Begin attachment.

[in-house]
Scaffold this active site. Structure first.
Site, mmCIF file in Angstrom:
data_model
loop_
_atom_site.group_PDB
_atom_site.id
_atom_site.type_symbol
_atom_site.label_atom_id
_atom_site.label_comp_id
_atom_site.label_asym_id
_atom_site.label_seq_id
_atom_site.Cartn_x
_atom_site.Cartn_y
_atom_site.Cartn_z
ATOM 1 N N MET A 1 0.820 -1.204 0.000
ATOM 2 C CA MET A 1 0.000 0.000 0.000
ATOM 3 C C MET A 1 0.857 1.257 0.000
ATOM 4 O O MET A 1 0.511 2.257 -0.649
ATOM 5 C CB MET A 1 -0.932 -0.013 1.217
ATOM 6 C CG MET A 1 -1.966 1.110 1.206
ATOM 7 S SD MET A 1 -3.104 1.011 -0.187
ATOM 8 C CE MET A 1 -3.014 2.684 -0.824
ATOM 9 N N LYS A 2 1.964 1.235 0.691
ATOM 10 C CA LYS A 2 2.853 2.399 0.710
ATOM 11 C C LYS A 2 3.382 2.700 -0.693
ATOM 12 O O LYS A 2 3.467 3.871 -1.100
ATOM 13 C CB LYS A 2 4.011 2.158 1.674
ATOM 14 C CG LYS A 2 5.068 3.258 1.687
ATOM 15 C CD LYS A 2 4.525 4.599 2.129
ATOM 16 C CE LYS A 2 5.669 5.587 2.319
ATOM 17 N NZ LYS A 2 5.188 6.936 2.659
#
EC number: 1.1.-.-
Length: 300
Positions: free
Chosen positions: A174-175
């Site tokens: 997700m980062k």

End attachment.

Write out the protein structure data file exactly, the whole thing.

[in-house]
Scaffold this active site. Structure first.
Site, mmCIF file in Angstrom:
data_model
loop_
_atom_site.group_PDB
_atom_site.id
_atom_site.type_symbol
_atom_site.label_atom_id
_atom_site.label_comp_id
_atom_site.label_asym_id
_atom_site.label_seq_id
_atom_site.Cartn_x
_atom_site.Cartn_y
_atom_site.Cartn_z
ATOM 1 N N MET A 1 0.820 -1.204 0.000
ATOM 2 C CA MET A 1 0.000 0.000 0.000
ATOM 3 C C MET A 1 0.857 1.257 0.000
ATOM 4 O O MET A 1 0.511 2.257 -0.649
ATOM 5 C CB MET A 1 -0.932 -0.013 1.217
ATOM 6 C CG MET A 1 -1.966 1.110 1.206
ATOM 7 S SD MET A 1 -3.104 1.011 -0.187
ATOM 8 C CE MET A 1 -3.014 2.684 -0.824
ATOM 9 N N LYS A 2 1.964 1.235 0.691
ATOM 10 C CA LYS A 2 2.853 2.399 0.710
ATOM 11 C C LYS A 2 3.382 2.700 -0.693
ATOM 12 O O LYS A 2 3.467 3.871 -1.100
ATOM 13 C CB LYS A 2 4.011 2.158 1.674
ATOM 14 C CG LYS A 2 5.068 3.258 1.687
ATOM 15 C CD LYS A 2 4.525 4.599 2.129
ATOM 16 C CE LYS A 2 5.669 5.587 2.319
ATOM 17 N NZ LYS A 2 5.188 6.936 2.659
#
EC number: 1.1.-.-
Length: 300
Positions: free
Chosen positions: A174-175
């Site tokens: 997700m980062k």